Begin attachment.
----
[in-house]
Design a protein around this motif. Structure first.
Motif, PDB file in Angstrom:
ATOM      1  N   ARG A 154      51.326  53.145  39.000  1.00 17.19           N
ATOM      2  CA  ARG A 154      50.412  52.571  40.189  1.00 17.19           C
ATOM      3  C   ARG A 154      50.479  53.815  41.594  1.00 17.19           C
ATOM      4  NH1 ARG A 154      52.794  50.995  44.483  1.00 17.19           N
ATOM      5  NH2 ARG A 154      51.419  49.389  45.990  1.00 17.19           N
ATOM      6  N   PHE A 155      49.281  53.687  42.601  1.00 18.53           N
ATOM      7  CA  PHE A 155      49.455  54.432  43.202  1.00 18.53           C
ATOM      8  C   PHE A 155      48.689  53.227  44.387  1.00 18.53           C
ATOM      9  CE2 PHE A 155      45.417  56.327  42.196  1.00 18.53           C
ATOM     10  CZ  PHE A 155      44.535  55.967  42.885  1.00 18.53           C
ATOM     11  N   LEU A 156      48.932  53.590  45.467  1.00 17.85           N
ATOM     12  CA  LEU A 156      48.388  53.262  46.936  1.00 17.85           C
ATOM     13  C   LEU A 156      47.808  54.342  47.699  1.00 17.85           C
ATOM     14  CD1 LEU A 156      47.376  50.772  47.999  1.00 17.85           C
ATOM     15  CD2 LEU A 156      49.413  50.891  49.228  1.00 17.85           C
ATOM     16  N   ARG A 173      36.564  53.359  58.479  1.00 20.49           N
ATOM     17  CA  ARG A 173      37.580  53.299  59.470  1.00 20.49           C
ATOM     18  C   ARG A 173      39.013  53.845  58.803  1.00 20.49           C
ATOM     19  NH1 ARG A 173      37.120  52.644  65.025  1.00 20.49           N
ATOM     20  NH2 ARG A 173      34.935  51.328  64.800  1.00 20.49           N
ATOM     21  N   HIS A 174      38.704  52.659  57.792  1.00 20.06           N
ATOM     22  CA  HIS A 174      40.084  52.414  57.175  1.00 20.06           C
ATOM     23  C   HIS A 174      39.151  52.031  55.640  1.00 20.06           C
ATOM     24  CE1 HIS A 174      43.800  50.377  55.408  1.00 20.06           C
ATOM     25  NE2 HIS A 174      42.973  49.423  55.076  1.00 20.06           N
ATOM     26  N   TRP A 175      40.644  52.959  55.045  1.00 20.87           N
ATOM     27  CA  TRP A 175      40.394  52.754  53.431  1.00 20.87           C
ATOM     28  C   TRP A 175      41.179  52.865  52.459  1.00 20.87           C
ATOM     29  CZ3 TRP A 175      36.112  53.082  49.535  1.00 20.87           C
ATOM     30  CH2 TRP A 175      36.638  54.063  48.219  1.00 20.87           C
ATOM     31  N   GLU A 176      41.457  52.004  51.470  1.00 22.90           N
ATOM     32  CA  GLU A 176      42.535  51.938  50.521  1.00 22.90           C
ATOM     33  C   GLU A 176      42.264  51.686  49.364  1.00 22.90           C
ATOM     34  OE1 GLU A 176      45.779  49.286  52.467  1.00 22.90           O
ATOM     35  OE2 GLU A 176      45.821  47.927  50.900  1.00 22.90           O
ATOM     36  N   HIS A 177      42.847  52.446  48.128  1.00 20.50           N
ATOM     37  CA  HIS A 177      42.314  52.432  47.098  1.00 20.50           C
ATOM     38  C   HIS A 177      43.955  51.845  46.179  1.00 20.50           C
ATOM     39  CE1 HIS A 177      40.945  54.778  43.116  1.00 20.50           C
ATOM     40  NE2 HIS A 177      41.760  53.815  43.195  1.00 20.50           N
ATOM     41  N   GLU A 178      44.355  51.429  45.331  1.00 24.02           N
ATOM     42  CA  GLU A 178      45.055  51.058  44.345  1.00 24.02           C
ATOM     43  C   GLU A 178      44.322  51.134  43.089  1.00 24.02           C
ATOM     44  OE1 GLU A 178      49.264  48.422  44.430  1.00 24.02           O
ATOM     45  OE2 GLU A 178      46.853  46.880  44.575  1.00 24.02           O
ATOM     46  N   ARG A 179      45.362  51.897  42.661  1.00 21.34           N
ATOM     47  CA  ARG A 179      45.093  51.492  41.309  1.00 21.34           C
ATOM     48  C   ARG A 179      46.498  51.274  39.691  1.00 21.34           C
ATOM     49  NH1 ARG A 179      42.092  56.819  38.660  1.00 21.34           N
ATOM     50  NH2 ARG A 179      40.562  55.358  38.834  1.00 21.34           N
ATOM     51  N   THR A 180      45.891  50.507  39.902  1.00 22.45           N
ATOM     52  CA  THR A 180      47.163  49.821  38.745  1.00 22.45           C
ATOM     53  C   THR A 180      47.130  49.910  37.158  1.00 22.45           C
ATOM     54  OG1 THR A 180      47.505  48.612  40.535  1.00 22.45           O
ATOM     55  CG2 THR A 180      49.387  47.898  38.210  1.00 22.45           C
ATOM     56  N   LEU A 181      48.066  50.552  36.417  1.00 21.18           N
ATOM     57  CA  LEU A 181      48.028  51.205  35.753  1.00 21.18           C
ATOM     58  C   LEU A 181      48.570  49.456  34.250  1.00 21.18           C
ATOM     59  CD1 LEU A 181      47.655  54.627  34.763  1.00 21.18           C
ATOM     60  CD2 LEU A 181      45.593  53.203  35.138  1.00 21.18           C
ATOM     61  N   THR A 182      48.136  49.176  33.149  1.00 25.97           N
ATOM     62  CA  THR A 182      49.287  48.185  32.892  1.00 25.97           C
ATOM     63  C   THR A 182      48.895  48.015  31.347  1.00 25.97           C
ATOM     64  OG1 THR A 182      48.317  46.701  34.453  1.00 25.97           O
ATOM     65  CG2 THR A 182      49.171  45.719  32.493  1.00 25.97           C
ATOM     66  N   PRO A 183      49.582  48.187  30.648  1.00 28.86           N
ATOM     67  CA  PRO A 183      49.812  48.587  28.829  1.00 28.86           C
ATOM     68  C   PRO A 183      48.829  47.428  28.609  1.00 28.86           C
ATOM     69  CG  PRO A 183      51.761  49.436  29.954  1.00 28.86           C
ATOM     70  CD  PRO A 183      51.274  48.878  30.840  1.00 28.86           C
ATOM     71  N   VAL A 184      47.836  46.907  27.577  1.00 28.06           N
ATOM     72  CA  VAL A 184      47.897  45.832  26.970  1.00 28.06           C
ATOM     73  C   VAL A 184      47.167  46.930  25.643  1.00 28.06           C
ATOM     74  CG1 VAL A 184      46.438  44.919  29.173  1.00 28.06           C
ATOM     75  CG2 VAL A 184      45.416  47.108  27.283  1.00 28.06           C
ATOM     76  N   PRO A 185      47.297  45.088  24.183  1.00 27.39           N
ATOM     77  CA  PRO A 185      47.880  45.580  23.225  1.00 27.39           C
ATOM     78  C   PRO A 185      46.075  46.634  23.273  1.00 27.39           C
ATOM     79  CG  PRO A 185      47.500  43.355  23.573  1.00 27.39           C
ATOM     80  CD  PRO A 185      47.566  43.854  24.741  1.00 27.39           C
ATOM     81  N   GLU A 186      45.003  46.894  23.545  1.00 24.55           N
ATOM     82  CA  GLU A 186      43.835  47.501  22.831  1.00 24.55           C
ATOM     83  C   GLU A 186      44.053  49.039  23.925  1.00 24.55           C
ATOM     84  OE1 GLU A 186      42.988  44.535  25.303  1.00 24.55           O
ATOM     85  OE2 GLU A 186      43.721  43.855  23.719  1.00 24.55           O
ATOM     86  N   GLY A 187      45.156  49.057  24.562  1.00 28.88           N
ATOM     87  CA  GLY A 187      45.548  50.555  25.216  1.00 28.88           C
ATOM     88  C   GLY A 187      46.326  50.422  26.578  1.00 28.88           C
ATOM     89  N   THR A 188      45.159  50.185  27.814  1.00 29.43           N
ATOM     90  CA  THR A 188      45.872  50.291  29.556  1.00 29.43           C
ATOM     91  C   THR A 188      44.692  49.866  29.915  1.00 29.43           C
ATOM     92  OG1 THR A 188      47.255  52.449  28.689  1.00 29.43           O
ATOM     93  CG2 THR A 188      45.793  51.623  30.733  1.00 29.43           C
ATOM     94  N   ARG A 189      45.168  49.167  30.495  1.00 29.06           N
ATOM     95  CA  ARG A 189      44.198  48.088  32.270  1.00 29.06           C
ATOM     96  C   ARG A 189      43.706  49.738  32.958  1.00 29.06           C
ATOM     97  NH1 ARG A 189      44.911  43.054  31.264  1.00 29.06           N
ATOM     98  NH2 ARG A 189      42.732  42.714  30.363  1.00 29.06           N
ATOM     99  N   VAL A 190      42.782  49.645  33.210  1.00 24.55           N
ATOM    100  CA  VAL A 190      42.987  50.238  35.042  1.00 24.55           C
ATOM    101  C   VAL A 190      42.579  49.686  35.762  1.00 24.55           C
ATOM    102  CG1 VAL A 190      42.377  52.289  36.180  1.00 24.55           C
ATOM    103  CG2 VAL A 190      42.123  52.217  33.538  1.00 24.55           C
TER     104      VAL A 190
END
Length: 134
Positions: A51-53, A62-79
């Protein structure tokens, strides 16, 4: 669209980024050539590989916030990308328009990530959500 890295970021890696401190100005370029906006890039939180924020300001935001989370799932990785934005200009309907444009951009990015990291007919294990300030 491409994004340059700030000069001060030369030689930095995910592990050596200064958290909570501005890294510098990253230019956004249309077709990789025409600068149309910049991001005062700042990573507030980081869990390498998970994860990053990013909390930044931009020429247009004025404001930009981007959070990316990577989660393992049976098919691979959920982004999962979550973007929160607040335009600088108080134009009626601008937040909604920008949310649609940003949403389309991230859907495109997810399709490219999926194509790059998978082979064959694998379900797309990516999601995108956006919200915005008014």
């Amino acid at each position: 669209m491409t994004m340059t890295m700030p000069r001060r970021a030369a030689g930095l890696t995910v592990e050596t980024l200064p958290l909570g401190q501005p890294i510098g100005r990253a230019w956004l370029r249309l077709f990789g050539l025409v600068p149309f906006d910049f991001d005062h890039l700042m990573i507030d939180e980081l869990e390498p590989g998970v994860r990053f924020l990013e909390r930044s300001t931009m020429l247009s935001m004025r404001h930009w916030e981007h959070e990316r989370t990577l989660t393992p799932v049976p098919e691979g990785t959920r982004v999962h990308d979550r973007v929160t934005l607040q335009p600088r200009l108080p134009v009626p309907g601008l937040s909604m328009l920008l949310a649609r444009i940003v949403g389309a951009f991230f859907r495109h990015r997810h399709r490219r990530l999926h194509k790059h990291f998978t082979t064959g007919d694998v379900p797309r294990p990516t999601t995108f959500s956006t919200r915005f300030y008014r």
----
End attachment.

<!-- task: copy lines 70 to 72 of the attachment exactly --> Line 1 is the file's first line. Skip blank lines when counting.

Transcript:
ATOM     67  CA  PRO A 183      49.812  48.587  28.829  1.00 28.86           C
ATOM     68  C   PRO A 183      48.829  47.428  28.609  1.00 28.86           C
ATOM     69  CG  PRO A 183      51.761  49.436  29.954  1.00 28.86           C